Blackpool boss aims to continue the Seasiders' play-off success
Neil Critchley is hoping to add another triumphant promotion to Blackpool’s stellar play-off record.
The Seasiders return to action tomorrow night as they seek a return to the Championship after a six-year absence.
Critchley’s men face Oxford United over two legs in the semi-finals, with the winners facing either Sunderland or Lincoln City at Wembley come the end of the month.
Blackpool have a play-off record to be envied with five promotions from their eight previous appearances.
In that time, they are the only club to have won all three divisional finals on their way to 16 victories from 23 ties.
They are unbeaten in 10 semi-final matches and have only lost one of the last 15 altogether – the 2012 Championship play-off final against West Ham United.
When asked if the current crop of players can take inspiration from Blackpool’s play-off heritage, Critchley told The Gazette: “That’s a good question.
“Maybe it gets other people thinking about it, because there must be some type of reason for it.
“No, from our side, it’s a new group of players, new staff and what has happened in the past has happened.
“We can only focus and concentrate on affecting now and in the future, but hopefully that run continues because that would be nice.”
While Critchley admits it’s difficult to draw on Pool’s glorious play-off past too much, he insists plenty can be taken from the two games they played against Oxford during the regular season.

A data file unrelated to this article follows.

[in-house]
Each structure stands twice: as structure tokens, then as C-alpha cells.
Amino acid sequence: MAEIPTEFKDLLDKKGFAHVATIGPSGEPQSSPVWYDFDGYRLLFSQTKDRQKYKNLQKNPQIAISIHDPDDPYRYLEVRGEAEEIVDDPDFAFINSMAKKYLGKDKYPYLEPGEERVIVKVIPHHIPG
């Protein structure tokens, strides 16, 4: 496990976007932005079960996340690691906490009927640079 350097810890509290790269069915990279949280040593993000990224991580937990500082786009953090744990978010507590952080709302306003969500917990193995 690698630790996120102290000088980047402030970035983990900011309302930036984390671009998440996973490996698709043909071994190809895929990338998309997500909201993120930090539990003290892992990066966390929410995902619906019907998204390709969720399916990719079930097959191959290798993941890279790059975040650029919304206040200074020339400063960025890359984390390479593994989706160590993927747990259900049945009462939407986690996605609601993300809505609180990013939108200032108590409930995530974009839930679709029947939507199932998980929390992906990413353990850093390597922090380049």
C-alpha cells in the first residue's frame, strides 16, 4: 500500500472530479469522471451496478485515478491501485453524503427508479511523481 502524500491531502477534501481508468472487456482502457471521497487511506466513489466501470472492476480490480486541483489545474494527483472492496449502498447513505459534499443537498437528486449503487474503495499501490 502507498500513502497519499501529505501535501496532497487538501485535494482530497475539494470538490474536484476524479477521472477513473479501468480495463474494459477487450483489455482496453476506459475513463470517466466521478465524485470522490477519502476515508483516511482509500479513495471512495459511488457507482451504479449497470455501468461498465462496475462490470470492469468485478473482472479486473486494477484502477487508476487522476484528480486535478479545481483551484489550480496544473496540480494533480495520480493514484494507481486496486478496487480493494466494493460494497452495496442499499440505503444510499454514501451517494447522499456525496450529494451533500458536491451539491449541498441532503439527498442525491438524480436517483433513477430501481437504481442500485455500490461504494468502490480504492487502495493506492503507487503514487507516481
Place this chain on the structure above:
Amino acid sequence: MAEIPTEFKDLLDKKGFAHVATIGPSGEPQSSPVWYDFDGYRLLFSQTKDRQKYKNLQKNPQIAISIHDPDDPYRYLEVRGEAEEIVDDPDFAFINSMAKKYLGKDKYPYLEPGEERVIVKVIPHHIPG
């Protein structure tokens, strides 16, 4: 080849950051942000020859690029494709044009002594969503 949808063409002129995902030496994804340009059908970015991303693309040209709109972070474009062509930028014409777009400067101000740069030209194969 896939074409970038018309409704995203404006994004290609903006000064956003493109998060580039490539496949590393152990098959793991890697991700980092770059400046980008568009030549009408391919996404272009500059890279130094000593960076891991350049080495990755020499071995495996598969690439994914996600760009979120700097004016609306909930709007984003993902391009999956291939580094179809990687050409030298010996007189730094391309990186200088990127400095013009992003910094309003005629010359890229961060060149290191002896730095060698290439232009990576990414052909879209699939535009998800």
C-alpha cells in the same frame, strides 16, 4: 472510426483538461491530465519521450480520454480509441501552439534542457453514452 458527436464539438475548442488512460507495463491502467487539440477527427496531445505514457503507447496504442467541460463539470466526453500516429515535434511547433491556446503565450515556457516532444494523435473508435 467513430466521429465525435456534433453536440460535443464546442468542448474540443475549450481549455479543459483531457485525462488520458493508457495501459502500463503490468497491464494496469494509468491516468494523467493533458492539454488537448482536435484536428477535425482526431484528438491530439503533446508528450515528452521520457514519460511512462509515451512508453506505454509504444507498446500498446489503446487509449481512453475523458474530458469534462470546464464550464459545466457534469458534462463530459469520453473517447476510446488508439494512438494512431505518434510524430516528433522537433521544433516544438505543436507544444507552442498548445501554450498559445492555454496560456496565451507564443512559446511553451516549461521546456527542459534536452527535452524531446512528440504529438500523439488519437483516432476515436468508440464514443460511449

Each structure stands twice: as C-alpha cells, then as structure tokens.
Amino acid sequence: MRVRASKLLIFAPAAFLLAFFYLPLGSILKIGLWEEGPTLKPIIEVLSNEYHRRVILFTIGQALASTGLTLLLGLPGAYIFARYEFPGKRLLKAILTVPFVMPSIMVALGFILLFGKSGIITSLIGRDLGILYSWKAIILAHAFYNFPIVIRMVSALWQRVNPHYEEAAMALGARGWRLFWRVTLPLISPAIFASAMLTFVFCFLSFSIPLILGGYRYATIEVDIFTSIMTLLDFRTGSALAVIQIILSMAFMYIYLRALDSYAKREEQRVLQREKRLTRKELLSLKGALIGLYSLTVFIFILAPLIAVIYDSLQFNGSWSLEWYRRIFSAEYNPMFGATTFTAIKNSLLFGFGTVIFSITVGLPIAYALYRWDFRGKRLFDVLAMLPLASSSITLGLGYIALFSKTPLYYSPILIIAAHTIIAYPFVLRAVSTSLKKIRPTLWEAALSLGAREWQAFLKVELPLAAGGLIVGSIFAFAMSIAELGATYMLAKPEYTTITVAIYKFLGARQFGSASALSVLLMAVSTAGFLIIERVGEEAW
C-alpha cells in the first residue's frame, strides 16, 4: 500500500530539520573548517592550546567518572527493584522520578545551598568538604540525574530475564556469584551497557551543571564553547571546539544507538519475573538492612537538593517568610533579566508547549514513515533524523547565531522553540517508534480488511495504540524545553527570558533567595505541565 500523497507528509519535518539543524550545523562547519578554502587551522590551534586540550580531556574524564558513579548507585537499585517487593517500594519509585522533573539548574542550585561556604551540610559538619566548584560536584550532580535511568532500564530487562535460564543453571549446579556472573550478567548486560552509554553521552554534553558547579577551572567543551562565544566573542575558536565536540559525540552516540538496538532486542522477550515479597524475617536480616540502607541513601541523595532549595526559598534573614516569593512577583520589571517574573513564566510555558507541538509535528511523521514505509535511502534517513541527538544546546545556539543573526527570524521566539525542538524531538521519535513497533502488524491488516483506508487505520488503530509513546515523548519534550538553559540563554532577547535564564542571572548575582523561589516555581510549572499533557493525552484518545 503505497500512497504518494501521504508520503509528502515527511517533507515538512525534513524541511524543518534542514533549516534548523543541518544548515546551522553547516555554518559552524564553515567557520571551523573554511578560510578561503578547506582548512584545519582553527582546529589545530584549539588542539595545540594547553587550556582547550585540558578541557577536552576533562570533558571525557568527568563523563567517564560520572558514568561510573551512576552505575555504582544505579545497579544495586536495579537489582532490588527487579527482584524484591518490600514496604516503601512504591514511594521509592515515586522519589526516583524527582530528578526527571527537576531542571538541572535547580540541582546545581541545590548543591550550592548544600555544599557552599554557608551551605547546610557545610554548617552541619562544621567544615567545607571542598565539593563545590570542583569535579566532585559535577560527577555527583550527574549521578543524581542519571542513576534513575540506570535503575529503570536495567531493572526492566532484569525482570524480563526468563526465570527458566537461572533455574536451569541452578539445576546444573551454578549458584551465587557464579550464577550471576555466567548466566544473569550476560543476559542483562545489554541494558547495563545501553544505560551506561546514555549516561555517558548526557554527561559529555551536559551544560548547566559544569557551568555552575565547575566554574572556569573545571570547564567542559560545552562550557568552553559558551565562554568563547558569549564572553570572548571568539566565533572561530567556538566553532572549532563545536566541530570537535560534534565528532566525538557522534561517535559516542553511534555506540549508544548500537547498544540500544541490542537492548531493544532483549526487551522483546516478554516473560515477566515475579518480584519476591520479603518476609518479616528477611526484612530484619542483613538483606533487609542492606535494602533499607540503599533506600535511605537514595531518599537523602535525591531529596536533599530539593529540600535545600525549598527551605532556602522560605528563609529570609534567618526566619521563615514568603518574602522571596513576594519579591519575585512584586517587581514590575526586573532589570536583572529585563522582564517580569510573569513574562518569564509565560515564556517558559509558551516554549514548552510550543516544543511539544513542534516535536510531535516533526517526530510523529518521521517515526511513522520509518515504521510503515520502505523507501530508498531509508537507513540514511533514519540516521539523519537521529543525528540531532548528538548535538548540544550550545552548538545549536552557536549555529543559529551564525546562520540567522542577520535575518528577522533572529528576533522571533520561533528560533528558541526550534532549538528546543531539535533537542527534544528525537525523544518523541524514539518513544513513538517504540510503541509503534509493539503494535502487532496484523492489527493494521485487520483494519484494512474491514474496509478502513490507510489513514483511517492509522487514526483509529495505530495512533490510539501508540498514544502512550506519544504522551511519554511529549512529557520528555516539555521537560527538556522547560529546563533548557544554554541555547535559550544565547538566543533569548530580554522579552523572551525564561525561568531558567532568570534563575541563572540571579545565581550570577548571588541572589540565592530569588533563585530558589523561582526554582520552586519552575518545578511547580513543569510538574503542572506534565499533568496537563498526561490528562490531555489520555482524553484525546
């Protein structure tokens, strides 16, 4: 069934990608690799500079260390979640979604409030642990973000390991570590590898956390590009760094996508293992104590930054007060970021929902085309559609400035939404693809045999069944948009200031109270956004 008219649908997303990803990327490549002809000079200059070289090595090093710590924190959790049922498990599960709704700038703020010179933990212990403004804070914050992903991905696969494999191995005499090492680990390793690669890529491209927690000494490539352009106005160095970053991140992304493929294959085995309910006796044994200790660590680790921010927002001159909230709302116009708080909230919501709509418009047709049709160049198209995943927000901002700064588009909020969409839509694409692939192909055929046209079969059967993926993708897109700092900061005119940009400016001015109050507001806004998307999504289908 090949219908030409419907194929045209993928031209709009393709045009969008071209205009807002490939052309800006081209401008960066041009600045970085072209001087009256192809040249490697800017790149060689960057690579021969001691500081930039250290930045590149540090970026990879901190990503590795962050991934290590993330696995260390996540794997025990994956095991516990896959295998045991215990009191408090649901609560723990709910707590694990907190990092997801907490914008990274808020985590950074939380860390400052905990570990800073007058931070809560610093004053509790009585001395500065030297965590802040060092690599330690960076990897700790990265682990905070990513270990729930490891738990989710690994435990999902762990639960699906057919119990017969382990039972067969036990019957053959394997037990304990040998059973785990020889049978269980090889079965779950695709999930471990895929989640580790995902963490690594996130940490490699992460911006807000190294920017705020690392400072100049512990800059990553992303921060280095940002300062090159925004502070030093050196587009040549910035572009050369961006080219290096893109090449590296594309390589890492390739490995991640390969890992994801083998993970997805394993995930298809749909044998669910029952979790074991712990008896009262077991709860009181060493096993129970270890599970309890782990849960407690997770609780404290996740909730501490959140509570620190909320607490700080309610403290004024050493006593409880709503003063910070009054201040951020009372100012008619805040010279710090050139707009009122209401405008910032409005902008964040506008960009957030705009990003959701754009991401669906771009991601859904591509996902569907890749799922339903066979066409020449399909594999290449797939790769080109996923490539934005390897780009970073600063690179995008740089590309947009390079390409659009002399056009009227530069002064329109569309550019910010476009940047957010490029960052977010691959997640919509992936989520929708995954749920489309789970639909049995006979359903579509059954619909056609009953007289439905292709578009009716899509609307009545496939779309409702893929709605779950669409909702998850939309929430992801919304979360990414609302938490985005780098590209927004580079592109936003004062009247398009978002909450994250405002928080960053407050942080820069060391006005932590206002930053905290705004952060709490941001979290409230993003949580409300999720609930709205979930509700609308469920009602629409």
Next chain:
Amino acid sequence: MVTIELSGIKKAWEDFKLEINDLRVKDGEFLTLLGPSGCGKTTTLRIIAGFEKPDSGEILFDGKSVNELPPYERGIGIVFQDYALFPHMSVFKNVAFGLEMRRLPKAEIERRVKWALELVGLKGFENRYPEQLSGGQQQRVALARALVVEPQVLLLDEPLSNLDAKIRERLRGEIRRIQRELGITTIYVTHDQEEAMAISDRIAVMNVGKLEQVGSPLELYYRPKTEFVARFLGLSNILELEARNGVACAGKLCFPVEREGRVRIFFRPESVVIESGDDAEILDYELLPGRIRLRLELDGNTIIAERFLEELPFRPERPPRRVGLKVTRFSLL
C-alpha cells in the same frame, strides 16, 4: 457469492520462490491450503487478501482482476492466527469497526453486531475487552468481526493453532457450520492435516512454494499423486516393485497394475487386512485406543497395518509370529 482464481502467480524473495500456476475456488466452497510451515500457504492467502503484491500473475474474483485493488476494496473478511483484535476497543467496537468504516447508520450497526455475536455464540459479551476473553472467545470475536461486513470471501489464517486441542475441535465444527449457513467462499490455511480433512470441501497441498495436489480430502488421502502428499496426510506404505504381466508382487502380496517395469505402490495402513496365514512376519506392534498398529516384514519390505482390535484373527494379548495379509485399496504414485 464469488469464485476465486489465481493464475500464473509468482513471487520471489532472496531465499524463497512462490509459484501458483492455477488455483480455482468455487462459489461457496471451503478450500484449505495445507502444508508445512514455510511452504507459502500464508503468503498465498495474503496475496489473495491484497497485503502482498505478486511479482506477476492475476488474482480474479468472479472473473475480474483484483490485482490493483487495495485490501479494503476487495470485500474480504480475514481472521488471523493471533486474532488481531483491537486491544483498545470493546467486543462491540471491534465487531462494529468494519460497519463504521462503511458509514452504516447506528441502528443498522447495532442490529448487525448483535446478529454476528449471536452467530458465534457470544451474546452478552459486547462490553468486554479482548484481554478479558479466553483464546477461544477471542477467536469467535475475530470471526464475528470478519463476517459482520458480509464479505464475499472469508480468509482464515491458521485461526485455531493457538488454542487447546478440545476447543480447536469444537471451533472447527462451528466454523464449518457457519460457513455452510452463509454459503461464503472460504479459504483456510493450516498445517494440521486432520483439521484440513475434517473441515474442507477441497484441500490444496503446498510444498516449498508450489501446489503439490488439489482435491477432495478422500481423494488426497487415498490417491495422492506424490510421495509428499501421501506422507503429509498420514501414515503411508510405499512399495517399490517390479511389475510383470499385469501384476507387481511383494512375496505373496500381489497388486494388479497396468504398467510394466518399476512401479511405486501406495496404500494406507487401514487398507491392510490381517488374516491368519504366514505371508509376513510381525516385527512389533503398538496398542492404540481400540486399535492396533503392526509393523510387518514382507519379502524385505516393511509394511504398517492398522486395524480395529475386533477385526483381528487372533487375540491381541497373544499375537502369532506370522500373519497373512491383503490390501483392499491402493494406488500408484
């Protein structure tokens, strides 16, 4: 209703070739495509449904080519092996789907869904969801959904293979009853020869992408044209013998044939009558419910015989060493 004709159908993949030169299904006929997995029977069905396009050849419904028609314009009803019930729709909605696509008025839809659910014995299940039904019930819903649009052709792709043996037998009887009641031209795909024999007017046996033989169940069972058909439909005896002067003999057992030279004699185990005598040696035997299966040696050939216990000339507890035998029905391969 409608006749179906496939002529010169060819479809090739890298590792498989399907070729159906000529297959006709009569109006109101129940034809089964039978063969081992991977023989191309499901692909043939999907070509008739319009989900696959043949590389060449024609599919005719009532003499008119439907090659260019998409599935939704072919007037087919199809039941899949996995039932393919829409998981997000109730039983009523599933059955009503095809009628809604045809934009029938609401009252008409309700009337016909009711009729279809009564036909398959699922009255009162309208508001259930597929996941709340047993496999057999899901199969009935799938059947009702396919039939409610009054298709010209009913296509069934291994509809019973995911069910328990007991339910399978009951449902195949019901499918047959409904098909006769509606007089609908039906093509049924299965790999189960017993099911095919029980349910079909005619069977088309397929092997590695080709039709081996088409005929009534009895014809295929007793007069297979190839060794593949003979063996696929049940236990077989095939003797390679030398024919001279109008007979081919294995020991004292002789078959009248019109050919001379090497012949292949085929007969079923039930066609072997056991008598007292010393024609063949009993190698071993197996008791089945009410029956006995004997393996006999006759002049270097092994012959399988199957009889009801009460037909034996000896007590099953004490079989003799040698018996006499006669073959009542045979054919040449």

The Seasiders were held to a goalless draw in the first meeting between the two sides at Bloomfield Road, before Critchley’s men claimed a 2-0 win at the Kassam Stadium in March – Pool’s first win at that ground.
“You can take things from the games you’ve played against each other this season, but we were speaking about this as a staff and it’s like you know that they know that they know that you know,” Critchley said.
“Sometimes you’re just best concentrating on yourself and worry about how you want to play and not worry about the opposition too much.
“There’s so much that can happen in these games that you can get yourself in a muddle by overthinking things.
“Instead, you’re sometimes better off keeping things simple, concentrating on things that we want to happen, how we want to play and approach the games etc.
“Both sets of players and staff, we know each other. Is that an advantage or a disadvantage? We shall see.”
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